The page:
Recently I have taken to deconstructing ridiculous products that are aimed at women. I see these as attempts to discipline womens bodies. So far I have examined the faux penis, the anti rape condom and the vibrator with a razor. Continuing on in the bizarre tradition of torture through clothing, I bring you the Double-O- Push Up Thong.
Karen Jones, the owner and founder says, "Our ultimate goal then and now is to help women look their best...because when you look great, you feel great! We've learned that we're not just selling better booties, by boosting self-esteem, we're really helping people in their day to day lives. This has become our driving and continuing motivation."
If only my ass were ripe and luscious then all of my problems would be solved. I could experience the thrill of having a man drool over ass as I walk by. Oh the angst and the emotional drama over the missed catcalls and whistles. It's just not fair to be ass challenged in a world that worships the booty. The lack of support systems and groups to deal with this stigma makes it so much harder to deal with. Life is not easy for the narcissistic. What about me...doesn't my physical disability need to be addressed. So what if I can walk, run, talk, dance, see and sing, my ass is flat. Are you listening people, I said my ass is flat, and you cannot imagine the pain it brings....okay I need a moment, talk amongst yourselves.
This is the kind of ridiculousness that products like this promote. Though Ms.Jones claims to be helping women in fact she is feeding the social monster that says that womens bodies are always imperfect. This is the result of the happy marriage of patriarchy and capitalism. Create a fault that seems natural and then exploit it to maintain position and create profit. Really how does creating products like these help women?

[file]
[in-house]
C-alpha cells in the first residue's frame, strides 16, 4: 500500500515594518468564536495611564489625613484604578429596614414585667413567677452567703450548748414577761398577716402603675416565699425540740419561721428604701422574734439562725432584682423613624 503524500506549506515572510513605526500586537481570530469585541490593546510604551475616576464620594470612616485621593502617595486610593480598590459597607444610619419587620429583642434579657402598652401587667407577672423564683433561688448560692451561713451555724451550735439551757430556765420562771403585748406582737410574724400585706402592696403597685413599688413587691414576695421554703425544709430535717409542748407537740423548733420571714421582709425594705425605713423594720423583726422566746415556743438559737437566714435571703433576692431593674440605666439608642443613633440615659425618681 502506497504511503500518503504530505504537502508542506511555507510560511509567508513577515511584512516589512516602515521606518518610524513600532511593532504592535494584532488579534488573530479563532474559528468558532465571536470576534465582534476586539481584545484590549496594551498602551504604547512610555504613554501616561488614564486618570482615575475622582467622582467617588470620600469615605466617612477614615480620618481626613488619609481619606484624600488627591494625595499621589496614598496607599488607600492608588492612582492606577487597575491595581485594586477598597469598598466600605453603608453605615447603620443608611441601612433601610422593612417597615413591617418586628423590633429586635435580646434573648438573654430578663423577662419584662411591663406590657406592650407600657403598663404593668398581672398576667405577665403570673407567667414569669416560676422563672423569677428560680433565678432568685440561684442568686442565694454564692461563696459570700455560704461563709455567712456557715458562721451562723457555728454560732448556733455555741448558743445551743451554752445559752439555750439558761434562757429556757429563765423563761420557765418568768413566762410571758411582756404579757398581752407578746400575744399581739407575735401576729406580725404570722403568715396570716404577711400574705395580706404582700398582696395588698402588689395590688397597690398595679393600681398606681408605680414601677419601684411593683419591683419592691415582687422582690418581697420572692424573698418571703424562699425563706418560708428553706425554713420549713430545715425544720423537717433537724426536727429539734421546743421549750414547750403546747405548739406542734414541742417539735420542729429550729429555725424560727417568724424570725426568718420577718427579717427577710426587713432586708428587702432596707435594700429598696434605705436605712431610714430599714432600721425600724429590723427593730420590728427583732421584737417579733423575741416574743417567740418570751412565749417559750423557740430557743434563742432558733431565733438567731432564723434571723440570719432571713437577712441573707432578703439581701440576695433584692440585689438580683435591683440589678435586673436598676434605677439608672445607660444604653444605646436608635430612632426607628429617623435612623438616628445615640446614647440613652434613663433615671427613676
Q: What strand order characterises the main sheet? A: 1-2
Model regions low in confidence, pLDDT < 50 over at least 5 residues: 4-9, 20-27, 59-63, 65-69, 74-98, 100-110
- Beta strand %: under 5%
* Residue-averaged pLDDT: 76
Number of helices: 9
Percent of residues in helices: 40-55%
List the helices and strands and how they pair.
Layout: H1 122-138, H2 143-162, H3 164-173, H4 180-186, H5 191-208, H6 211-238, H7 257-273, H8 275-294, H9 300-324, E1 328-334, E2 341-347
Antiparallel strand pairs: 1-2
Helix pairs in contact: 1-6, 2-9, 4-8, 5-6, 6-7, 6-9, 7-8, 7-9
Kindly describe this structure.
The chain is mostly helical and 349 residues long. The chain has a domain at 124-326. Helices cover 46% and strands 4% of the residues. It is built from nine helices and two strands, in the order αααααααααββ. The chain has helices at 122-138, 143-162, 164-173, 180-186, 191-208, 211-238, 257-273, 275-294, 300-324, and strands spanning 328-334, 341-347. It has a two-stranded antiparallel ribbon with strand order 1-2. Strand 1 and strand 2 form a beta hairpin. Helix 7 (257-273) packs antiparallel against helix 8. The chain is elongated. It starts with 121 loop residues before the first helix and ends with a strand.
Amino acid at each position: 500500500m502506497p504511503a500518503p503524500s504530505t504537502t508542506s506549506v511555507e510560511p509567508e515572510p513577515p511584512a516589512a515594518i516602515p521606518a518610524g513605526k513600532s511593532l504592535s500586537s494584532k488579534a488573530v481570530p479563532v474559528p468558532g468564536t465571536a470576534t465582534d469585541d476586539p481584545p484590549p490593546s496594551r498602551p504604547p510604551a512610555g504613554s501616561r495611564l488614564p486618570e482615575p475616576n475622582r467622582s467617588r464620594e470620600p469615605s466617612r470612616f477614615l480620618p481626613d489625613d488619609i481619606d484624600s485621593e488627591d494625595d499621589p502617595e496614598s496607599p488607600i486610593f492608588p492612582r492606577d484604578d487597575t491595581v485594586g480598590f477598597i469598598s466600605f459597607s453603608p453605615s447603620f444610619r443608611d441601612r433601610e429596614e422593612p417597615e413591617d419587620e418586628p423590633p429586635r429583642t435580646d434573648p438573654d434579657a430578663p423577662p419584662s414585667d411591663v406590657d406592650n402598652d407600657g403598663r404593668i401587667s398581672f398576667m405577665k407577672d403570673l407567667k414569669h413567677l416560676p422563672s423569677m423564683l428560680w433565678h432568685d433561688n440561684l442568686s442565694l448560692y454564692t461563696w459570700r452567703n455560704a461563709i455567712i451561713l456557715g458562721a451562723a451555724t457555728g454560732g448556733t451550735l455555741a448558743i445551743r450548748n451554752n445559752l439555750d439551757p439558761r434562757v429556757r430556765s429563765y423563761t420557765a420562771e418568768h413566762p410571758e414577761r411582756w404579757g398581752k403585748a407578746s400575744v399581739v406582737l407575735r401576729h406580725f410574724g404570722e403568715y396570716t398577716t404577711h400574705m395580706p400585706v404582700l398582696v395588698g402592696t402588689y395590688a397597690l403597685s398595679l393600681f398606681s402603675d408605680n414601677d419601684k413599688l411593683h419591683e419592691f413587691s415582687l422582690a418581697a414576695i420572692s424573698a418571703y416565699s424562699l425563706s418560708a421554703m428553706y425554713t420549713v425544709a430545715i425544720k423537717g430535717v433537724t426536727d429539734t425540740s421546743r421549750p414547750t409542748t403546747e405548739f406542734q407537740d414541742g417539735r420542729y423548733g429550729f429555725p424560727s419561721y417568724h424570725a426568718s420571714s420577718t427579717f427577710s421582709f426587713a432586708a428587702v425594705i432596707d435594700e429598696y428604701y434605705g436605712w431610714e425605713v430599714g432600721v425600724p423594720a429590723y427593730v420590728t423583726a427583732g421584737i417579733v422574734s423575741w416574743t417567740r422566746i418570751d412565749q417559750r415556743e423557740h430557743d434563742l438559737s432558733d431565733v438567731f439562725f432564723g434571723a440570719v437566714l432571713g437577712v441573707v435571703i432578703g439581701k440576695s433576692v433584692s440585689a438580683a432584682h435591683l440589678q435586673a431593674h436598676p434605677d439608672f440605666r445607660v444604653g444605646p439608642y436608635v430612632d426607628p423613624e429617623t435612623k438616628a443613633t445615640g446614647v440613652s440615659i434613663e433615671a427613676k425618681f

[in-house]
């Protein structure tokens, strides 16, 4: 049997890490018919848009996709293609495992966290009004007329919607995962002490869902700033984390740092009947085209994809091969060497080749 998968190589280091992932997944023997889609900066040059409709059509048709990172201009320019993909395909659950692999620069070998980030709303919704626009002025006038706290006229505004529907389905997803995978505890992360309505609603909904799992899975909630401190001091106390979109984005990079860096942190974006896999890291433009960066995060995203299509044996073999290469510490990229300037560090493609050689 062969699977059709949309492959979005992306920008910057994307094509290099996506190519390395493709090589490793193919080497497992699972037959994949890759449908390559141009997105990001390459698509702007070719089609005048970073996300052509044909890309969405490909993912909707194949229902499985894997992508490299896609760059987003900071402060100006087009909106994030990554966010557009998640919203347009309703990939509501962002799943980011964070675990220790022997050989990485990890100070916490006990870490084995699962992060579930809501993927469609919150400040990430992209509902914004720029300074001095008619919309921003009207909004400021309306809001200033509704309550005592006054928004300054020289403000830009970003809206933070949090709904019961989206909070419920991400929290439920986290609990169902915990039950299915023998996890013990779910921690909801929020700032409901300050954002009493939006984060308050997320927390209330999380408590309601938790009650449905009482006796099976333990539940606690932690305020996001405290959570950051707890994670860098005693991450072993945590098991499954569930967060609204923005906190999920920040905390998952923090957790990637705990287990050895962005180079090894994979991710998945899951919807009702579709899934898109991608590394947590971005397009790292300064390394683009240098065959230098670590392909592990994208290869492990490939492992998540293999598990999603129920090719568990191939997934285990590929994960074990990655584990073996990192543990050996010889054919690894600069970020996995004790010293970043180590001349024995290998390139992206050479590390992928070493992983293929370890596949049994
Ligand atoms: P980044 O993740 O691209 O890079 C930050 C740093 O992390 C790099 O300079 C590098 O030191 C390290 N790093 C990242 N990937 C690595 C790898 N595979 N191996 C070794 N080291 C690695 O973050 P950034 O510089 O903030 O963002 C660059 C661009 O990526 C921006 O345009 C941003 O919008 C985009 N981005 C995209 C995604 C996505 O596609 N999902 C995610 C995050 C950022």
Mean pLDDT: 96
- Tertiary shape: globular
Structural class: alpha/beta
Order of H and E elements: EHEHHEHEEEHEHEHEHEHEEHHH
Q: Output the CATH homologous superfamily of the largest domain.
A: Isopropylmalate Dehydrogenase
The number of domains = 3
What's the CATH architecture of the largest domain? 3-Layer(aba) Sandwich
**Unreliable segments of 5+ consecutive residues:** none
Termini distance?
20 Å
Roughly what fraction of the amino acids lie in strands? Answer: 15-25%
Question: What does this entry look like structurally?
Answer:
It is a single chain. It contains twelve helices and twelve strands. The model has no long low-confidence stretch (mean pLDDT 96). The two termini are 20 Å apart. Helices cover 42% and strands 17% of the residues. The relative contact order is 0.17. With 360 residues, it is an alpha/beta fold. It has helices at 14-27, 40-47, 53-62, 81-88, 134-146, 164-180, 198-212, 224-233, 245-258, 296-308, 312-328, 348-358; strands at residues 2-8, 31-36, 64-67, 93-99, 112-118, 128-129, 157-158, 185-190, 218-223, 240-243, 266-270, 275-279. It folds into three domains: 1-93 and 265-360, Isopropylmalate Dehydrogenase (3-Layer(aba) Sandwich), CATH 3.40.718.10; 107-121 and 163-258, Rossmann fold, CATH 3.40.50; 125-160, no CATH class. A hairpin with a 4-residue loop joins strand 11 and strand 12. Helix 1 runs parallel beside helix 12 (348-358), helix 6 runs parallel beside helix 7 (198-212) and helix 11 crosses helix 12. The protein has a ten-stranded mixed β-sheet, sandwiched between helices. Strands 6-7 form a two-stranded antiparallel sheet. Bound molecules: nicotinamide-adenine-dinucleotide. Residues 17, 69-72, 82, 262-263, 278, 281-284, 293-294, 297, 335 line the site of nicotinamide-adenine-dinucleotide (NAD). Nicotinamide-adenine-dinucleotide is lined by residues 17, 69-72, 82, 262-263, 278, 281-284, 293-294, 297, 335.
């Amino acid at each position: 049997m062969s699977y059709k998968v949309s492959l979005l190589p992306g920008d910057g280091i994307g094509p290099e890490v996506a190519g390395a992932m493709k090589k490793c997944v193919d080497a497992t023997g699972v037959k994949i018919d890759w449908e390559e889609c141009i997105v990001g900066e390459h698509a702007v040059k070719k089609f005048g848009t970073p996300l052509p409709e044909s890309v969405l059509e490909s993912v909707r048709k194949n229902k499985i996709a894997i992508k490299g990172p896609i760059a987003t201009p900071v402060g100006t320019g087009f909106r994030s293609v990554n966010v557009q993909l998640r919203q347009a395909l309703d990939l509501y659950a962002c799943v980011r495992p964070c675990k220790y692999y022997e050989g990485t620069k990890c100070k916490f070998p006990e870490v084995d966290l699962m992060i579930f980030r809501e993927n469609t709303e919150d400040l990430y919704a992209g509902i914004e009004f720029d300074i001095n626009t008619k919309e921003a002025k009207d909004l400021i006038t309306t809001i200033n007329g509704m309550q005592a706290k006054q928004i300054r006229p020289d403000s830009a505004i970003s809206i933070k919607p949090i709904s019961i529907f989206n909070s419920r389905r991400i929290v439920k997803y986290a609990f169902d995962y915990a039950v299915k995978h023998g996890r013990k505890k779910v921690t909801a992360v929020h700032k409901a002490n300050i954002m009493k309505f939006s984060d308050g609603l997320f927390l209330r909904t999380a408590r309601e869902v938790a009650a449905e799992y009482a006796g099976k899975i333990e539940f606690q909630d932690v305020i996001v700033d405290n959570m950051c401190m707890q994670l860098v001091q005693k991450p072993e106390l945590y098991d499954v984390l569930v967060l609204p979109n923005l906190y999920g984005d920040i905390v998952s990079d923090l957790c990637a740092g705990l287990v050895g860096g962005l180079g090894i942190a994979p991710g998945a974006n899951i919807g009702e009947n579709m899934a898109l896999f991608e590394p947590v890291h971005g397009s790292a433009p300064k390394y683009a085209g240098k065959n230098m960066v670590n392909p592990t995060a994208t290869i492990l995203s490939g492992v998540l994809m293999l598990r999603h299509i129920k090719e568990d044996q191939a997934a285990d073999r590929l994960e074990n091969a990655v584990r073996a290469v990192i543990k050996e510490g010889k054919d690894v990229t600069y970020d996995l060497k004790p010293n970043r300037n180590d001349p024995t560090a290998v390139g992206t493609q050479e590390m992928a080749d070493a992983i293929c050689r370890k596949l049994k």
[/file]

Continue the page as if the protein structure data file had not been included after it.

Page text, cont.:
These neo-Victorian torture underwear, firm and shape making sure that the body conforms as much as possible to the "ideal female form". The problem is that women come in all different shapes and sizes. It is impossible despite all of the riggers that we put ourselves through to be found perfect in the patriarchal lens. This is a Quixote like quest. Not only is the windmill forever out of reach, it is an impermanent optical illusion, as beauty standards are in a continual state of flux. Instead of chasing an impossibility it is time that we embrace the wonderful diversity that is possible in the female form. No matter what shape a woman takes, her beauty cannot and should not be defined by others.